Alien fixation

David Aaronovitch
Friday 25 August 1995 23:02

This weekend belongs to the aliens. Manchester plays host to the International Conference on Alien Abduction, while Channel 4 gives lesbianism a rest and screens pictures claimed to be of dead space folk being dissected in Roswell, New Mexico, circa 1947.

The Roswell film is, of course, a hoax, following in the long tradition of the Turin Shroud, the Loch Ness monster and the Hitler Diaries. Each time new, astonishing evidence is discovered. Lots of journalists who ought to know better get very excited. Months, or even years later, the proof turns out to have been manufactured by a lab technician who needed the money to set up his own laundry business.

So far, alien abductions have failed to provide a piece of earth-shattering evidence. Nevertheless, there are thousands of (mostly American) men and women who say they were whisked off to spaceships and subjected to a series of rather intrusive and similar medical inspections. Women woke up to find themselves being gently probed, while men invariably came to with suction devices about their persons. One Scot told how a tussle with would-be kidnappers in a lowland forest had left his trousers "in shreds". Fortunately he escaped, and returned home to his wife, to whom he told the whole story.

What really convinces me that none of this is real is the physical description (and in the case of Roswell, the pictures) of the aliens themselves. In his book Abduction: Human Encounters with Aliens, John E. Mack (Professor of Psychiatry at Harvard Medical School), notes the common features attributed to aliens by abductees. They are humanoid, three to four feet tall, they have thin torsos, spindly legs, oval heads with big eyes, four digits, small nostrils and thin mouths. Worker aliens are smaller and move robotically, boss aliens are taller and have wrinkles. In the Roswell tapes the (doubtless latex) aliens are small, humanoid, with... need I go on?

Now this is passing strange. In an infinity of worlds and galaxies, with life evolving in any one of millions of different ways and in utterly different physical circumstances, how can it be that aliens all turn out looking like bald Michael Jacksons?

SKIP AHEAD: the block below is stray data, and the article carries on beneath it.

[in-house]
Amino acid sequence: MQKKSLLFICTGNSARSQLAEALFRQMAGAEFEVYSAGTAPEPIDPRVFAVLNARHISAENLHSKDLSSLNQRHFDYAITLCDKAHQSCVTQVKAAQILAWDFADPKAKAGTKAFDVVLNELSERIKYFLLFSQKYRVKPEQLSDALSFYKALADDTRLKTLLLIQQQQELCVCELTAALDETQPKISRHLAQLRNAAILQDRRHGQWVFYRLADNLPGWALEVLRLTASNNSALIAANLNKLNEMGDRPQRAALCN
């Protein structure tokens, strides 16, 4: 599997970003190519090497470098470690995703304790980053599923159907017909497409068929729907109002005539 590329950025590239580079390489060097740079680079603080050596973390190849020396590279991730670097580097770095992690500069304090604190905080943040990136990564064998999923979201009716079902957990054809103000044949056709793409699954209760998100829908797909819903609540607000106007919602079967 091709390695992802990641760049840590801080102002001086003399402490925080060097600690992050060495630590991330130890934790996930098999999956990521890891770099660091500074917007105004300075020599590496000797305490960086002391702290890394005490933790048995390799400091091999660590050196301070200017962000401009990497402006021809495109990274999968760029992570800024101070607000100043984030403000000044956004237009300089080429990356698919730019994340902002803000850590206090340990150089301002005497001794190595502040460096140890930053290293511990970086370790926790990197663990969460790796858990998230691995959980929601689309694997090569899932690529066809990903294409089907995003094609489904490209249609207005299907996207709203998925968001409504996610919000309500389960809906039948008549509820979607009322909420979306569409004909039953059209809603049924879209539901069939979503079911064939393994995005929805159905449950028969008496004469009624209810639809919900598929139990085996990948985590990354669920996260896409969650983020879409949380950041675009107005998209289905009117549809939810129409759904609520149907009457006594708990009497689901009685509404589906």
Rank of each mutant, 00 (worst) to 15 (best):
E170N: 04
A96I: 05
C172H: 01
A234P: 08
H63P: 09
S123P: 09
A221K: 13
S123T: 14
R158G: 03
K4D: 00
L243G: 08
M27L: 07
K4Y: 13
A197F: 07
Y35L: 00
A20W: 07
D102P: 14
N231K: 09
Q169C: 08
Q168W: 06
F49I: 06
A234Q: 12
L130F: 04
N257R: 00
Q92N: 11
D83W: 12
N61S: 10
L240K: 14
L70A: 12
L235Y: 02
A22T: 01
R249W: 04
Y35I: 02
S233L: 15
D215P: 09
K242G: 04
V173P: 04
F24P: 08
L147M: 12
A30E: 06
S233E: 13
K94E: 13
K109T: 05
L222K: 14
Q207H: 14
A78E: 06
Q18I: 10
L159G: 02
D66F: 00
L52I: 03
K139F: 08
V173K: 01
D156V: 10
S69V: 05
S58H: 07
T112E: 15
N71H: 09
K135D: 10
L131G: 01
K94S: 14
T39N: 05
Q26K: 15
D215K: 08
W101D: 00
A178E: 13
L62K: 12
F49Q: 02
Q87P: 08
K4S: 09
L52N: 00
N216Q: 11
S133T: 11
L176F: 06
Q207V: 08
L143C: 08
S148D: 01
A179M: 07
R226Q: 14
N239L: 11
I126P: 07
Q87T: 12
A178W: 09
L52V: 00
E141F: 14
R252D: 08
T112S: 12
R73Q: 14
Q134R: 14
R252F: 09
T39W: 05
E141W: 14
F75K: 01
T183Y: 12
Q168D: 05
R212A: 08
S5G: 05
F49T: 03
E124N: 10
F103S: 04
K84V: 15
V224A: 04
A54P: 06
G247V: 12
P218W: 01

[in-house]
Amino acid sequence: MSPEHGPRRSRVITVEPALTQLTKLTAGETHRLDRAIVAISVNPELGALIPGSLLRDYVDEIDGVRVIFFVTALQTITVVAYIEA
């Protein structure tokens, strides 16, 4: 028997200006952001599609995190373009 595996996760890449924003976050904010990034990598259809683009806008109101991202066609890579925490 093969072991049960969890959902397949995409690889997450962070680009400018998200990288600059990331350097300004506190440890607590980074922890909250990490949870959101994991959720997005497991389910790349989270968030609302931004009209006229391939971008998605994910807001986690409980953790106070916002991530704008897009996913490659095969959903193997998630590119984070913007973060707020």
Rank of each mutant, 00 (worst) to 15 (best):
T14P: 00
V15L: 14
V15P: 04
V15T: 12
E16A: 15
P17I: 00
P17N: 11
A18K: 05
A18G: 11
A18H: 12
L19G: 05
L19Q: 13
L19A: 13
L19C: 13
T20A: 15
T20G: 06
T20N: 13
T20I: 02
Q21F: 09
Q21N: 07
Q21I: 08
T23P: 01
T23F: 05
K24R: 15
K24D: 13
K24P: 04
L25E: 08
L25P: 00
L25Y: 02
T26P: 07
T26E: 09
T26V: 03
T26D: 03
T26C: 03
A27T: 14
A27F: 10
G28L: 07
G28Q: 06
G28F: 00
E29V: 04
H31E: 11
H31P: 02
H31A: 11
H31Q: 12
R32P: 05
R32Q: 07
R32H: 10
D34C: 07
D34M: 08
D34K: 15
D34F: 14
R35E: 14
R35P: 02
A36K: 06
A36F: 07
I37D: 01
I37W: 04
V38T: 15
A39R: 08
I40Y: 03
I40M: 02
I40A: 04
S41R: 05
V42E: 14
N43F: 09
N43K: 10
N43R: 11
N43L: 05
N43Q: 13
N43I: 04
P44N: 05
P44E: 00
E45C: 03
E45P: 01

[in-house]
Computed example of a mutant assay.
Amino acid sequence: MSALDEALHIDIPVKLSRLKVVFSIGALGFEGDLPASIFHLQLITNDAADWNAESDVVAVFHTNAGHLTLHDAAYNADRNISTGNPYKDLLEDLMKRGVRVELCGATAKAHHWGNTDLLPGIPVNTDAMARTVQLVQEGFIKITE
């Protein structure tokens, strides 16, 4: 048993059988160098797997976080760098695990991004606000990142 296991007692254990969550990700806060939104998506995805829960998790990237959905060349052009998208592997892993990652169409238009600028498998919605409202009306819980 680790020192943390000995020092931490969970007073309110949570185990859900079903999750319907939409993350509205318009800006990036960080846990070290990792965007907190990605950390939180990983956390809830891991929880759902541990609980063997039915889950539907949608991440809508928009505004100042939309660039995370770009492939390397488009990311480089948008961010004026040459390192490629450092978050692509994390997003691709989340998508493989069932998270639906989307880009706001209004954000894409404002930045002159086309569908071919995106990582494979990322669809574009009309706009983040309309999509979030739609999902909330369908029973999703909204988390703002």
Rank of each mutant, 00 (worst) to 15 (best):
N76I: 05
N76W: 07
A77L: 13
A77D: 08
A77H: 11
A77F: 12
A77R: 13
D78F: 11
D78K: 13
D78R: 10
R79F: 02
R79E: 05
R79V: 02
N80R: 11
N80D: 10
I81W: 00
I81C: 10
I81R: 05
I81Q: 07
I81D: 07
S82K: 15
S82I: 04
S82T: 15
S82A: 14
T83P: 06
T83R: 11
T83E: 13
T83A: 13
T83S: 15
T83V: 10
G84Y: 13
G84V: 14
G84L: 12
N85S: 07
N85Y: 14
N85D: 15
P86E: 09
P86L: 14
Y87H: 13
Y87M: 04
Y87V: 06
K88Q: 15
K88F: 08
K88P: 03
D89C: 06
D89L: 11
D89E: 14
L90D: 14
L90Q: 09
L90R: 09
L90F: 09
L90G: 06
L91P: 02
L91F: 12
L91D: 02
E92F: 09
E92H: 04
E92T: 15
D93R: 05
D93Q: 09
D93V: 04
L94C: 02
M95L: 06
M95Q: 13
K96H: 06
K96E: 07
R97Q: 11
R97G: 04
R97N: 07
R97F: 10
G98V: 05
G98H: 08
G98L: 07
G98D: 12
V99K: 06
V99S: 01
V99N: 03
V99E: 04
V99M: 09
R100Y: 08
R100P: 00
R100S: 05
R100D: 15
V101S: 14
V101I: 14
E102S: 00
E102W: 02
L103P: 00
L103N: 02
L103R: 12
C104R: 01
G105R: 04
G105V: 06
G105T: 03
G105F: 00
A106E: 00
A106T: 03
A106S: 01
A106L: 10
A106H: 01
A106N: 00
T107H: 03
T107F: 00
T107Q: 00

It gets even odder when you consider how accidental it is that we look like we do. But for a succession of great extinctions, caused by climatic change or meteor impacts, completely outlandish looking organisms might have inherited the Earth. At the end of the Permian period, 245 million years ago, vast numbers of species disappeared, including animals that resemble nothing currently on this planet. The survival of those organisms from which we evolved was entirely a matter of chance - a slightly different throw of the dice and all would have changed.

A smaller meteor or a bigger volcano and we might perhaps have emerged looking something like Wiwaxia, an animal of the early Cambrian period. In that case, our idea of physical perfection would have been to resemble a round and overfilled custard tart with eight almond slices sticking out of it. We would get around by emitting a cloud of flatulence from one of our eight anuses. And while speech would have been difficult, our smells might have been fabulously expressive.

What clinches this case, however, is the fact that the aliens not only resemble us so closely, but that they share our faults.

When, some years ago, a New Scientist competition invited readers to redesign the human body, first prize went to the engineer who invented a new knee - the existing one was deemed to be inefficient and prone to breakdown - a poor carry-over from our crawling days. Yet sure enough, the Roswell aliens - and all the others of course- have the same joints as we do.

You can just imagine how disappointed they were when they first started abducting us. "I am sorry, oh exalted Thrunk," apologises Dr Plish. "A zillion light years, and they've got crappy knees too." Impossible.

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